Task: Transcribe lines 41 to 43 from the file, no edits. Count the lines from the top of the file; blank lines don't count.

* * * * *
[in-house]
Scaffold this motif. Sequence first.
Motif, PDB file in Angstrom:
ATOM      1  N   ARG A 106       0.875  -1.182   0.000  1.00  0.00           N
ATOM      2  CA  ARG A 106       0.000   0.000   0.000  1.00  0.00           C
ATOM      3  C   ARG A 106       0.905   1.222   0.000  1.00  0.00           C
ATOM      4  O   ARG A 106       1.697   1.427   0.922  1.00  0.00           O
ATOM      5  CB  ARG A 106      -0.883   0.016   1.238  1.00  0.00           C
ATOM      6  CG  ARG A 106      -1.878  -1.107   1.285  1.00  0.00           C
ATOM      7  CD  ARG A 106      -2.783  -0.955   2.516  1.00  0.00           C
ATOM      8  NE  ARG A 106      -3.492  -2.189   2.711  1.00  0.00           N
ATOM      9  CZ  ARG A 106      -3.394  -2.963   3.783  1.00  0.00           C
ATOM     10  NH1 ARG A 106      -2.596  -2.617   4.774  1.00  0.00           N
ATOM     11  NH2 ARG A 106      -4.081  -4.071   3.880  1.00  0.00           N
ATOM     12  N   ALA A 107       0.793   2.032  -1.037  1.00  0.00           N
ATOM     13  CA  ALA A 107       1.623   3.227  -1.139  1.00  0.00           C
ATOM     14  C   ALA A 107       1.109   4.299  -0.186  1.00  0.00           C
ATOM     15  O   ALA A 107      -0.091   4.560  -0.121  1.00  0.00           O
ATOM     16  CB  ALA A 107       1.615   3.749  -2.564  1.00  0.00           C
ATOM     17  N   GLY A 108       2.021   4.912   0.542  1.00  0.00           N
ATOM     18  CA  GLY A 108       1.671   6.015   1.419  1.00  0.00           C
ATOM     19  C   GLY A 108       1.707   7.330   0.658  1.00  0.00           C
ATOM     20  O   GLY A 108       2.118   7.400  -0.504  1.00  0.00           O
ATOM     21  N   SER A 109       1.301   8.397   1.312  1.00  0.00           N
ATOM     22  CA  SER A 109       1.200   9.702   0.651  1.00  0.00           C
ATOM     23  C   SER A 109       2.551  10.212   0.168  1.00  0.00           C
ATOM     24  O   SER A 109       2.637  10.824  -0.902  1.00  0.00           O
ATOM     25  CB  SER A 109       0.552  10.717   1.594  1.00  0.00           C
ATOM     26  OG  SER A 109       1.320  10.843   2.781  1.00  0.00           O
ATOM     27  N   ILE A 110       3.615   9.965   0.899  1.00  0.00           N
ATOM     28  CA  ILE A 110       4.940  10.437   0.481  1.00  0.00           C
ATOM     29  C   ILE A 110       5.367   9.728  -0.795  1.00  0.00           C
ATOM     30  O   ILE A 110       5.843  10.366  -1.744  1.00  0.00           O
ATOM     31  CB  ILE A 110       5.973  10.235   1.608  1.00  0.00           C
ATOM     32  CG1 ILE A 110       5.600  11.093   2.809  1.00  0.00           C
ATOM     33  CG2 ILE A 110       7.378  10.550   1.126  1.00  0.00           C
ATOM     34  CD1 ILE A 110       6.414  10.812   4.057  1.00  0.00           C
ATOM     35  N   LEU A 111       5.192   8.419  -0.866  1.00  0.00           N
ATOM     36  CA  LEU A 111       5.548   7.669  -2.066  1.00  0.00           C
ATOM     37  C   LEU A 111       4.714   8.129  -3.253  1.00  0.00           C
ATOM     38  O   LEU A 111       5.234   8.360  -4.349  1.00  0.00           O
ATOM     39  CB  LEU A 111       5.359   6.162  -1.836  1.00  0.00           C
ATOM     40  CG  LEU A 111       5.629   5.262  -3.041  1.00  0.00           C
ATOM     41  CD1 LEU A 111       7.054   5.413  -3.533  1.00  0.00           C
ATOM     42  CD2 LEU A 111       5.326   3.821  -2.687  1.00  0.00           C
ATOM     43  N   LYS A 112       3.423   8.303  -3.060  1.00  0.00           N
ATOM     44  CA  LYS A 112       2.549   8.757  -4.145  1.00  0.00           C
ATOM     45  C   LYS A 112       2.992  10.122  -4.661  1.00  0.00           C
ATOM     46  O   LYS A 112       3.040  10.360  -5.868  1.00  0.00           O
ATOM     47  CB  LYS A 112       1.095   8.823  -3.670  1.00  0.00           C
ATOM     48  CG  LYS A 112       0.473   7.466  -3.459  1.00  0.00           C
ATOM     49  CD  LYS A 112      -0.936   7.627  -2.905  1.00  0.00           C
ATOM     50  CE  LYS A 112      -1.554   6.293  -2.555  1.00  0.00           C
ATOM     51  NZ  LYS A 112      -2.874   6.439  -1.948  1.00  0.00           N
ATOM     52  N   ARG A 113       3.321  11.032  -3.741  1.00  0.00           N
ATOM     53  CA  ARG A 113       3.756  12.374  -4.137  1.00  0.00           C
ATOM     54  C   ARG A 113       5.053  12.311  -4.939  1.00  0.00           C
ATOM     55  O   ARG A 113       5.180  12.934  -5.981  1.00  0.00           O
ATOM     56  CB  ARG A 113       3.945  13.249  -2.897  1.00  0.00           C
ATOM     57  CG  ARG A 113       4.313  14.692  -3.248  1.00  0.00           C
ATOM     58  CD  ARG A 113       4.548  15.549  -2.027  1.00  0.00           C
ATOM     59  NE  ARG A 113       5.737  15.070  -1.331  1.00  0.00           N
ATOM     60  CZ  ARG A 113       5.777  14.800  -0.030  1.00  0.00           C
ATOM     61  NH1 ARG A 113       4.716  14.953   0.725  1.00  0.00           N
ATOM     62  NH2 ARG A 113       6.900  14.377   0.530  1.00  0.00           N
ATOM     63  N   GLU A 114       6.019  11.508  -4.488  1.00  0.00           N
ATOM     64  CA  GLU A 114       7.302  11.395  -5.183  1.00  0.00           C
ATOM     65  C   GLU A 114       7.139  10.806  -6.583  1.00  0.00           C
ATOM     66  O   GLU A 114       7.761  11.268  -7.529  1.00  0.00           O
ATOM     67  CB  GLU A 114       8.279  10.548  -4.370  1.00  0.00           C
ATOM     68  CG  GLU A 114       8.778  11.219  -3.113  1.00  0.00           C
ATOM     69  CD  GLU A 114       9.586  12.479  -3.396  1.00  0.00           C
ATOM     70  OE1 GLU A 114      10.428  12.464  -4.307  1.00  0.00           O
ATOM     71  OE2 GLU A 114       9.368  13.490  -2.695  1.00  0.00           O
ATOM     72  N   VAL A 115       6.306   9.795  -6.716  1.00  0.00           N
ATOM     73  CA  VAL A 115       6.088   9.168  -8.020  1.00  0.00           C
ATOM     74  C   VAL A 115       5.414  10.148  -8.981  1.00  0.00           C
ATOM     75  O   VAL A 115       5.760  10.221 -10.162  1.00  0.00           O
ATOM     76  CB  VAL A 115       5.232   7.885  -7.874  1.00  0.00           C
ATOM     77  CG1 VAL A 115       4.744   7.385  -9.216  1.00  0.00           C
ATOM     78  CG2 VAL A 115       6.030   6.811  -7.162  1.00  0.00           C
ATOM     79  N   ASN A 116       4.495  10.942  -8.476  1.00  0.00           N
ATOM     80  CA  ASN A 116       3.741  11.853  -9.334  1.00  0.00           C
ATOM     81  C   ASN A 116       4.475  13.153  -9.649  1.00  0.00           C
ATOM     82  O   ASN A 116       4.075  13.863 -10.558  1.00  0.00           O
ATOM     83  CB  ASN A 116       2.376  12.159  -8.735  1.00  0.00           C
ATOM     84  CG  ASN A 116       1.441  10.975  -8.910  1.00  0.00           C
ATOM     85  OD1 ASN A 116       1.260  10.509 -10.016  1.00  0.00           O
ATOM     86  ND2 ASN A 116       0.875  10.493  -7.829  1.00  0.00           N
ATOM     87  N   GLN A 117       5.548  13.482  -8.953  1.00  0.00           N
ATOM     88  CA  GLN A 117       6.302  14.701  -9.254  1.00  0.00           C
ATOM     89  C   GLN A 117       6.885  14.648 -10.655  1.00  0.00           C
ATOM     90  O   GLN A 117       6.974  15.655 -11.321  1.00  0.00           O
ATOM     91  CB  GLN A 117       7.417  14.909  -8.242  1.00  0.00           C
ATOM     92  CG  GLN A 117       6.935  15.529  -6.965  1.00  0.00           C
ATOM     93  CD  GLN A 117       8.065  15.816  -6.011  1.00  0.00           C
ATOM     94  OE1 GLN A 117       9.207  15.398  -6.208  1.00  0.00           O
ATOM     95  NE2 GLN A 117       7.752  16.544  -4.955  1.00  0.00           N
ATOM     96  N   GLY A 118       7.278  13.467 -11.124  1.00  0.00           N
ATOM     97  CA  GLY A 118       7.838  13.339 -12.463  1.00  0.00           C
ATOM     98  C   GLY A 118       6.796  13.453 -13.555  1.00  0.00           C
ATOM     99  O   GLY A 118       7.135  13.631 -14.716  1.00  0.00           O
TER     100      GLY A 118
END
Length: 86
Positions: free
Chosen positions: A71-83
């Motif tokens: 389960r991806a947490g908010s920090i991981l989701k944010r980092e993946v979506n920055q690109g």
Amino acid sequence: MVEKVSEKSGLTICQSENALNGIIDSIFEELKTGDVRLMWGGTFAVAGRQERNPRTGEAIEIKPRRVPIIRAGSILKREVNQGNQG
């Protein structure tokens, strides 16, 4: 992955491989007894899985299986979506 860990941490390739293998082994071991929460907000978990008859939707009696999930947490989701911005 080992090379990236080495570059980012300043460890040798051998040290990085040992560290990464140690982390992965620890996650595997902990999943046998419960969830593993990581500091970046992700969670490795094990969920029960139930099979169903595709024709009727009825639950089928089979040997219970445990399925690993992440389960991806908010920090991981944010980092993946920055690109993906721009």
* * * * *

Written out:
ATOM     38  O   LEU A 111       5.234   8.360  -4.349  1.00  0.00           O
ATOM     39  CB  LEU A 111       5.359   6.162  -1.836  1.00  0.00           C
ATOM     40  CG  LEU A 111       5.629   5.262  -3.041  1.00  0.00           C